As it has been demonstrating hereabouts since the 2009-10 season, the Harlem Quartet is one of the chamber music world's most exciting and innovative "newer" ensembles.
Likewise, pianist Misha Dichter and his regular duo partner Cipa Dichter have become frequent visitors here.
On their own, the quartet or the pianist would be headline attractions. Put them together and the result, as seen and heard on a busy recent Sunday afternoon, proved to be one of the highlights of the year.
The occasion was a concert in Fletcher Opera Theater, presented on the Masters Series by the Raleigh Chamber Music Guild. The program encompassed music by Chick Corea and two of the most celebrated piano quintets in the repertoire – those by Robert Schumann and Antonín Dvo?ák. That means Dichter gave his Raleigh audience two for the price of one, a double treat for all concerned.
But before the concert itself began, there was a mini-recital of solo piano music by participants in the previous day's master class with Dichter. The students – Julianna Versola (whose teacher is Olga Urick), Estelle He (Terry Thompson), Kenny Hoang (Margaret Evans), and Emily Xu (Florence Ko) – offered selections by Liszt (the Rigoletto paraphrase), Beethoven (from Op. 14/1), Mendelssohn (the Rondo Capriccioso), and Lowell Liebermann (the hauntingly beautiful Nocturne No. 4). Each young player had spent half an hour in mostly intense work with the visiting artist in Smedes Parlor late Saturday afternoon; the master's touch was evident in many places as we revisited the music in the Fletcher lobby (where the performances were, fittingly, on Maxine Swalin's small Steinway grand).
(One should note that master classes are frequent components of RCMG concerts. These are open to the public, and there are few better ways for listeners to crawl inside the skins of composers and their music – or to experience world-class artists at work.)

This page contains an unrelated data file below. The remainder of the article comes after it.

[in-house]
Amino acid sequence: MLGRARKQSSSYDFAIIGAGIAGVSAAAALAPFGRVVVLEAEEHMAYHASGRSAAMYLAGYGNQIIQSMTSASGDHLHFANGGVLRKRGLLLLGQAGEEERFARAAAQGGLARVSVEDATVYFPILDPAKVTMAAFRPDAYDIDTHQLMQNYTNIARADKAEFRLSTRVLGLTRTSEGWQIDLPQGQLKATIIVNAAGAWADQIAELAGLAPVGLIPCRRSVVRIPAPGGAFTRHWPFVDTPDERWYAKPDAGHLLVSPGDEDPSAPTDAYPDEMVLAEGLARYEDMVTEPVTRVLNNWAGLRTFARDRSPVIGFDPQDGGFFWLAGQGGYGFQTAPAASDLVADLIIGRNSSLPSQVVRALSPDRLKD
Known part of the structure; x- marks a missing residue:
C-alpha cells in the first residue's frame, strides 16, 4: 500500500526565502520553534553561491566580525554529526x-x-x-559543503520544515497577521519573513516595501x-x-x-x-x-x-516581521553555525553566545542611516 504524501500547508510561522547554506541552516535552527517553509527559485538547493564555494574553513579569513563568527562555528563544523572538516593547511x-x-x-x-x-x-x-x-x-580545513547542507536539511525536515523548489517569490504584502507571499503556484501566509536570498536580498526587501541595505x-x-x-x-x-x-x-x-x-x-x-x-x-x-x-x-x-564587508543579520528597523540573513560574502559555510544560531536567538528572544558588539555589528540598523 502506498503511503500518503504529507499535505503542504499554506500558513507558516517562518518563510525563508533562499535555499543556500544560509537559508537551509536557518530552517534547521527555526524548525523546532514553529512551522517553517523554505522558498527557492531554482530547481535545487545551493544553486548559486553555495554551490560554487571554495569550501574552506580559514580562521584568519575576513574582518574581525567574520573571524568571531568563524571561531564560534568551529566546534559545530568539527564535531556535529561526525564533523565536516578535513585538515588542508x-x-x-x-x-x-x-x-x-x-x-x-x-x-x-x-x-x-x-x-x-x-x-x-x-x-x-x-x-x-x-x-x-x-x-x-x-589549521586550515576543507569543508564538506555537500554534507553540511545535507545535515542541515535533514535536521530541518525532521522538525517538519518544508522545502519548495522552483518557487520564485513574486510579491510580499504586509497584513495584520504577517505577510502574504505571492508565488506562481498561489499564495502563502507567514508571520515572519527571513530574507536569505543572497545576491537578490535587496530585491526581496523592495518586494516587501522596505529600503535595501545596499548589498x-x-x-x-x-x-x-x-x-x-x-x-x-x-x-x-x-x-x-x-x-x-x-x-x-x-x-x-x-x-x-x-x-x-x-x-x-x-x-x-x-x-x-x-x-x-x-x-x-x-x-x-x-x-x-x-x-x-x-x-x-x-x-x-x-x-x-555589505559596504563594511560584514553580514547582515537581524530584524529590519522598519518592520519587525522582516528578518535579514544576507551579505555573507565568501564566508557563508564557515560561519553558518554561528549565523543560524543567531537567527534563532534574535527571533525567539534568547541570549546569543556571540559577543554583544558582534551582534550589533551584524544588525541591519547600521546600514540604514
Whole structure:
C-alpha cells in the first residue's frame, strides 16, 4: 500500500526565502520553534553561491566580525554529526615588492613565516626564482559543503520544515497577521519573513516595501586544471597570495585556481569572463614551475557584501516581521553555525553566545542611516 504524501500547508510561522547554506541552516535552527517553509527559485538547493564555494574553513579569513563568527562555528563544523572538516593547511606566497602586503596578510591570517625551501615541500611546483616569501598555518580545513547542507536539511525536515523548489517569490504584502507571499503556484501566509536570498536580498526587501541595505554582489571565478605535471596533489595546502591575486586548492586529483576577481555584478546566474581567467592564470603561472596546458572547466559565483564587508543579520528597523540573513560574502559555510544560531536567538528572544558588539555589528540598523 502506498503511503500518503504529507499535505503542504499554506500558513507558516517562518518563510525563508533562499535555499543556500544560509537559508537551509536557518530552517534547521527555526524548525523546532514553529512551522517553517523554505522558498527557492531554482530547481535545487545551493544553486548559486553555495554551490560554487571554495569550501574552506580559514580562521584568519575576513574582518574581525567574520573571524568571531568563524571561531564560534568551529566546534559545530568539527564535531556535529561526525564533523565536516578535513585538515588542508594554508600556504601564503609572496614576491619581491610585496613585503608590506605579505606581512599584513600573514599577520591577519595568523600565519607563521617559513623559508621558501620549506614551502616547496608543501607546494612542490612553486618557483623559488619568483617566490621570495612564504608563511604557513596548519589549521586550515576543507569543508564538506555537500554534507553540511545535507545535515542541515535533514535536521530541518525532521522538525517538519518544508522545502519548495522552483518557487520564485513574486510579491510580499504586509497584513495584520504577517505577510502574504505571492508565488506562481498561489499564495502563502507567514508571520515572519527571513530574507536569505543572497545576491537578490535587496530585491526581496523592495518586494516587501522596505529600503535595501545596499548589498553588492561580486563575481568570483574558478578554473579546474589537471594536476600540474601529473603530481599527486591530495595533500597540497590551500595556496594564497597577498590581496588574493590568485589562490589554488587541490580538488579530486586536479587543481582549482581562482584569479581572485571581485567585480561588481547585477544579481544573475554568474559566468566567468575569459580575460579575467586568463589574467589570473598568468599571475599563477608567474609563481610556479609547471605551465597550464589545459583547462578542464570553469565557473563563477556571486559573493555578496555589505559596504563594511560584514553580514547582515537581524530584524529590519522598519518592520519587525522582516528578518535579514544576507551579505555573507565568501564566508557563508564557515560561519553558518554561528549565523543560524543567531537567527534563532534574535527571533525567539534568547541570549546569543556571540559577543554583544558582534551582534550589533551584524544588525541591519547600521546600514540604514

The program began with Corea's Adventures of Hippocrates, a set of five mostly short pieces united primarily by their charm, attractiveness, and flashes of deep emotion, any one of which could serve as a stand-alone offering (but this is in fact considered a regular string quartet). Although the score was prepared for the Orion String Quartet (whose readings may be sampled here), Harlem's members – Ilmar Gavilán and Melissa White, violins, Jaime Amador, viola, and Matthew Zalkind, cello – have made this music their own, and their energetic, intense performance set high standards from the outset of this concert.
There followed Robert Schumann's much-loved Piano Quintet in E-flat, Op. 44, one of the mainstays of chamber music. There are two primary ways to deliver it; Dichter and the Harlem opted for an intense, brisk, incisive reading that proved exhilarating throughout – have portions of it ever have been played at such speeds? Some traditionalists in the audience – artists whose opinions I value – lamented the loss of "romanticism" often associated with the piece, but for this listener, the "let-no-moss-grow-on-Schumann" approach seemed to reflect, say, Toscanini's view of the composer, as opposed to (say) Furtwängler's, if one may so characterize the interpretation of this basically symphonic piece by relying on 60-year-old accounts of those disparate orchestral masters….
This listener was flabbergasted that there wasn't an instantaneous ovation as the last measures of the finale echoed in the hall.
After intermission, Dvorák's magnificent Piano Quintet No. 2 in A, Op. 81 (B.155), was heard. There was more of the same intensity we'd heard in the Schumann, but this was for the most part a somewhat more relaxed rendition, in which the composer's long, often radiant lines were generally savored by the artists and as a result by the audience. The two relatively recent additions to the roster – violist Amador and cellist Zalkind – made frequent and significant prominent contributions while violinists Gavilán and White were often angelic voices in the musical stratosphere. Overall, this was a performance about which to write home. Let's hope it sparks a revival of the Czech master's other chamber scores (aside, perhaps, from the ubiquitous "American" Quartet).
There was a rapid and enthusiastic response from the crowd when the Dvorák reached its conclusion, and it didn't take much of it – the response – to elicit an encore. 'Twas "Take the 'A' Train," the Billy Strayhorn classic made famous by Duke Ellington. (As a young person, Strayhorn spent some time in Hillsborough, so we claim him as one of our own.) The quartet has played this here before, but this time there was an added bonus in the form of a complex piano part for Dichter that significantly enhanced the music's impact. It's a very good thing the visiting pianist wasn't being paid by the note!
The Harlem stuck around the following day for two sessions at Ligon Middle School. These weren't open to the public, but if they were anything like the ensemble's last visit there, they must have been something to behold. Yep, there's hope for art music, for sure!